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Correspondence issued by the Government Accountability Office with an abstract that begins "In past reports, we have raised a number of concerns about the effectiveness of DOD's approach to compensation. For example, in our 2005 report on the challenges facing the United States in the 21st century, we emphasized the need for a baseline review of all major federal programs and policies, including military compensation, to ensure that they are efficiently and effectively meeting their objectives, particularly in light of concerns about the affordability and sustainability of federal spending. In 2005 and 2007, we assessed the active duty and reserve compensation systems and found the cost to provide compensation was substantial and rising. We also found that DOD's piecemeal approach to compensation involved increasing or making changes to compensation without completely understanding the impact that these changes might have on recruitment and retention. As DOD increasingly relies on the reserve components to carry out its military operations domestically and abroad, DOD and Congress have taken steps to improve recruitment and retention by increasing compensation. One example involves expanding educational benefits for mobilized reservists. The recently enacted Post 9-11 Veterans Educational Assistance Act (Post 9-11 VEAA), which becomes effective on August 1, 2009, provides active and reserve component servicemembers who qualify for the maximum benefit with a more generous benefit than existing benefits by providing (1) full tuition and fees up to the amount of tuition and fees regularly charged to in-state students at the most expensive public institution in a given reservist's state, (2) a monthly stipend for living expenses, and (3) an annual stipend for books and required educational expenses. In addition, the new Post 9-11 VEAA benefit allows eligible servicemembers to use educational benefits after discharge or release from active duty and authorizes the Secretary of Defense to give the service Secretaries authority to allow qualifying servicemembers to transfer unused educational benefits to spouses and dependents. Section 535 of the National Defense Authorization Act for Fiscal Year 2008 (NDAA 2008) directed the Secretary of Defense, in cooperation with the Secretary of Veterans Affairs, to submit a report to the congressional defense committees and the House and Senate Committees on Veterans Affairs, by September 1, 2008, on the feasibility and merits of transferring the administration of existing educational assistance programs available to reservists--the Montgomery GI Bill-Selected Reserves (GI Bill-SR) and the Reserve Educational Assistance Program (REAP)--from DOD to the Department of Veterans Affairs (VA). The act also required that we assess the report and report to Congress by November 1, 2008. DOD has not met its reporting deadline; however, should DOD submit a report to Congress on the transfer of administration, we will assess it as required by section 535 of the 2008 NDAA. DOD has attributed the delay in meeting its reporting deadline to a need to broaden the scope of its assessment to include the new Post 9-11 VEAA. Both the Senate and House Armed Services Committee expressed interest to us on issues related to reserve compensation, including the Post 9-11 VEAA, and the status of DOD's assessment on the transfer of administration of educational assistance programs from DOD to VA. As agreed with committee offices, this report discusses (1) the trends in total reservists' compensation and the projected cost of the Post 9-11 VEAA and (2) the progress that DOD and VA have made in assessing the merits and feasibility of transferring the administration for existing educational benefits from DOD to VA and the steps taken to prepare for the implementation of the Post 9-11 VEAA."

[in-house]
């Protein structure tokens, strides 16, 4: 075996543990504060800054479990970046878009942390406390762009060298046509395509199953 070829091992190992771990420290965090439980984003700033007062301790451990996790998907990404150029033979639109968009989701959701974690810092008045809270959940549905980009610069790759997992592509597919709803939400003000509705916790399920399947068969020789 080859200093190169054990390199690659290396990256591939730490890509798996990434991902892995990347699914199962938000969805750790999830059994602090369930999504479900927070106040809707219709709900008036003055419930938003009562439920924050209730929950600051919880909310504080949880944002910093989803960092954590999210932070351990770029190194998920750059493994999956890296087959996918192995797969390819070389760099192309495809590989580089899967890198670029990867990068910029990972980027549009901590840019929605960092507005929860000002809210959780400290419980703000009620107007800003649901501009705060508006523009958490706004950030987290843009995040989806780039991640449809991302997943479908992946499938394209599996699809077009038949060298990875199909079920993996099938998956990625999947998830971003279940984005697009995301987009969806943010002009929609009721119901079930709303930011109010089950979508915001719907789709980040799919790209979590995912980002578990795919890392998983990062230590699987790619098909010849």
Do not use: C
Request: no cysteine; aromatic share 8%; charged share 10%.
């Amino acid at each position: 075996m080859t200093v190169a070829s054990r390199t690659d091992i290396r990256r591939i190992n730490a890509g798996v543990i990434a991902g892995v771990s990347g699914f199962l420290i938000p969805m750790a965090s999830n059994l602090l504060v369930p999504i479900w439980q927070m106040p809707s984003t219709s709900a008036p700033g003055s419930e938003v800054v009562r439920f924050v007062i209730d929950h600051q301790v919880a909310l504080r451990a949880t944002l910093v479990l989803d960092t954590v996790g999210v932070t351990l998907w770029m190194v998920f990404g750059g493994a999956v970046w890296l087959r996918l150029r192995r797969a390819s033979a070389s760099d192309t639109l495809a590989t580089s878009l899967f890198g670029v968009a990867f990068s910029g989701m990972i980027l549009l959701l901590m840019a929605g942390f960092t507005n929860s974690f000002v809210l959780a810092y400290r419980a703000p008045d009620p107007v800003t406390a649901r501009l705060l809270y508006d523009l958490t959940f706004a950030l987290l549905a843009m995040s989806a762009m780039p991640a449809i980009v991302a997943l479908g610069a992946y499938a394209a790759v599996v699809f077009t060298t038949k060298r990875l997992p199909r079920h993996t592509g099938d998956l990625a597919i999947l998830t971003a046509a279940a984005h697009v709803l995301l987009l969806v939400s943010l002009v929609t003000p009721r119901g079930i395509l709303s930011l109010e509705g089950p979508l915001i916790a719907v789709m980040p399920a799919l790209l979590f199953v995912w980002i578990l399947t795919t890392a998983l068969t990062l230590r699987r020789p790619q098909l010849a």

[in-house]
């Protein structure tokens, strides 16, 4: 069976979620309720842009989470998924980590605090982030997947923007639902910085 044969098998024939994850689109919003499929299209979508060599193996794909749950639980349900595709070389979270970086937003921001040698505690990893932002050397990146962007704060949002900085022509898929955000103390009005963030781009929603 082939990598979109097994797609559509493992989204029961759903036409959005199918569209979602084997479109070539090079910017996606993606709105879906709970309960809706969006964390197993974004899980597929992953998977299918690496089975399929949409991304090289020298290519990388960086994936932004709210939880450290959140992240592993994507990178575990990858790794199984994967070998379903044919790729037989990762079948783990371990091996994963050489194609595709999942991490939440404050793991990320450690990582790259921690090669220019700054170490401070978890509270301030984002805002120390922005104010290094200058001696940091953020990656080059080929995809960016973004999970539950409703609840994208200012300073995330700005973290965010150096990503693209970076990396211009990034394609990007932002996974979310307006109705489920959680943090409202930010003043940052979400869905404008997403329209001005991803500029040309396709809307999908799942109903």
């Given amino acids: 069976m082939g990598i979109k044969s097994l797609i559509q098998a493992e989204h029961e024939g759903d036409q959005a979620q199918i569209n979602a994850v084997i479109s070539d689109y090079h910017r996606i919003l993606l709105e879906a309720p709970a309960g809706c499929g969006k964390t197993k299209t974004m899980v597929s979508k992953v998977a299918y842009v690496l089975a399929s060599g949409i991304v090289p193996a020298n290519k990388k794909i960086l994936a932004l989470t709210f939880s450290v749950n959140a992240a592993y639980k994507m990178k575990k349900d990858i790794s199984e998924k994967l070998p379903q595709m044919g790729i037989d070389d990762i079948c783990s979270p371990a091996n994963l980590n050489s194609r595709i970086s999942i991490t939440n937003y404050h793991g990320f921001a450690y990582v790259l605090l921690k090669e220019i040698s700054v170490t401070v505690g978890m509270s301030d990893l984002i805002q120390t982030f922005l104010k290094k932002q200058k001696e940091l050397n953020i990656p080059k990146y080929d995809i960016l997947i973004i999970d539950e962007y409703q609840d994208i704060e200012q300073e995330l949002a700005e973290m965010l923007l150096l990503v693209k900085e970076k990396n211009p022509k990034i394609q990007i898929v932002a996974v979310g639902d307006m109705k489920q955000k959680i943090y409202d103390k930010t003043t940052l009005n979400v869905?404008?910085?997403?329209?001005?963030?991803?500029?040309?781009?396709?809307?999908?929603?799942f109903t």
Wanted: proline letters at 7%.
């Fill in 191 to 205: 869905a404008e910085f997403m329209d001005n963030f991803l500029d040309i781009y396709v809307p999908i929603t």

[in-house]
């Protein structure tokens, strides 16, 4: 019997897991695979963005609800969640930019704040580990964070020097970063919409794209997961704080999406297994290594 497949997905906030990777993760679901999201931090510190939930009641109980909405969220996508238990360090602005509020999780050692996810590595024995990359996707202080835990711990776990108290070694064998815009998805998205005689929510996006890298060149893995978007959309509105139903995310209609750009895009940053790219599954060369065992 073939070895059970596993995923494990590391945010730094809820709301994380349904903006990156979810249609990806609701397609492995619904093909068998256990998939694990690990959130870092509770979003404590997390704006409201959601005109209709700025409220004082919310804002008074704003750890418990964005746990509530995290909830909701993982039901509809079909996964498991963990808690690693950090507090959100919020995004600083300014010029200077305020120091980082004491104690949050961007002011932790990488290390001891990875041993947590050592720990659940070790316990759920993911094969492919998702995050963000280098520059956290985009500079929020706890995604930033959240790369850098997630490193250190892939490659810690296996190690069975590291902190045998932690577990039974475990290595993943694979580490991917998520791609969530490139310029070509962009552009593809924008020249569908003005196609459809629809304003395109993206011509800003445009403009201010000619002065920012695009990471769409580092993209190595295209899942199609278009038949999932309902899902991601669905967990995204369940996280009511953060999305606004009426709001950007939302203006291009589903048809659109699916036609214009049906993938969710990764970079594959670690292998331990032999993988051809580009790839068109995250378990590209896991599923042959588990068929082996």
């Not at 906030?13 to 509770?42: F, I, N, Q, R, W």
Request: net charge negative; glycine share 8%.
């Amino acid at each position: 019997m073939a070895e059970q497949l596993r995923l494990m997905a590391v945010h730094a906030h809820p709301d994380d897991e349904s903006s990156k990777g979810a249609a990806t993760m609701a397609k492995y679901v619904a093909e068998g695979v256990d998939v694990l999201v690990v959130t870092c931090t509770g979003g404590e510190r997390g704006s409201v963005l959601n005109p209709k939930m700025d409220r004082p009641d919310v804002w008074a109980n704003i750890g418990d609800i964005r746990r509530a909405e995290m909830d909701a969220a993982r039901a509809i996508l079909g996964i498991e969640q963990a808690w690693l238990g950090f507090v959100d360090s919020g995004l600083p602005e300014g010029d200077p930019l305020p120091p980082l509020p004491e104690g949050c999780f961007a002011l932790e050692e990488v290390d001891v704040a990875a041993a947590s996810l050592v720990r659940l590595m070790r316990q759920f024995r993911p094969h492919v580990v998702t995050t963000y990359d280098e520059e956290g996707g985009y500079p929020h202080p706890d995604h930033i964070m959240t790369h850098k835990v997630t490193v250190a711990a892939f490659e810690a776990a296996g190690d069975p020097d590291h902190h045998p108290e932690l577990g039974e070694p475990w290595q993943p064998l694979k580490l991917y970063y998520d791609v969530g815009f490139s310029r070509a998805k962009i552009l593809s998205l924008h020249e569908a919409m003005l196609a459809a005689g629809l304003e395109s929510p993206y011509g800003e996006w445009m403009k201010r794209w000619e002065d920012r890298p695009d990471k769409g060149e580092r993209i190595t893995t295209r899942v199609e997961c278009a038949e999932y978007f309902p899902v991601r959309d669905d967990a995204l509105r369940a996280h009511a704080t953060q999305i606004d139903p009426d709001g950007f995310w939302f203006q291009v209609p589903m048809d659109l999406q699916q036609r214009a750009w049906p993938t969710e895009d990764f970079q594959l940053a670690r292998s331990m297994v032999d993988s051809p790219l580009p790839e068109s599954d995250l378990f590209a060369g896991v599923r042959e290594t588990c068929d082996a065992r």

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Government Accountability Office Reports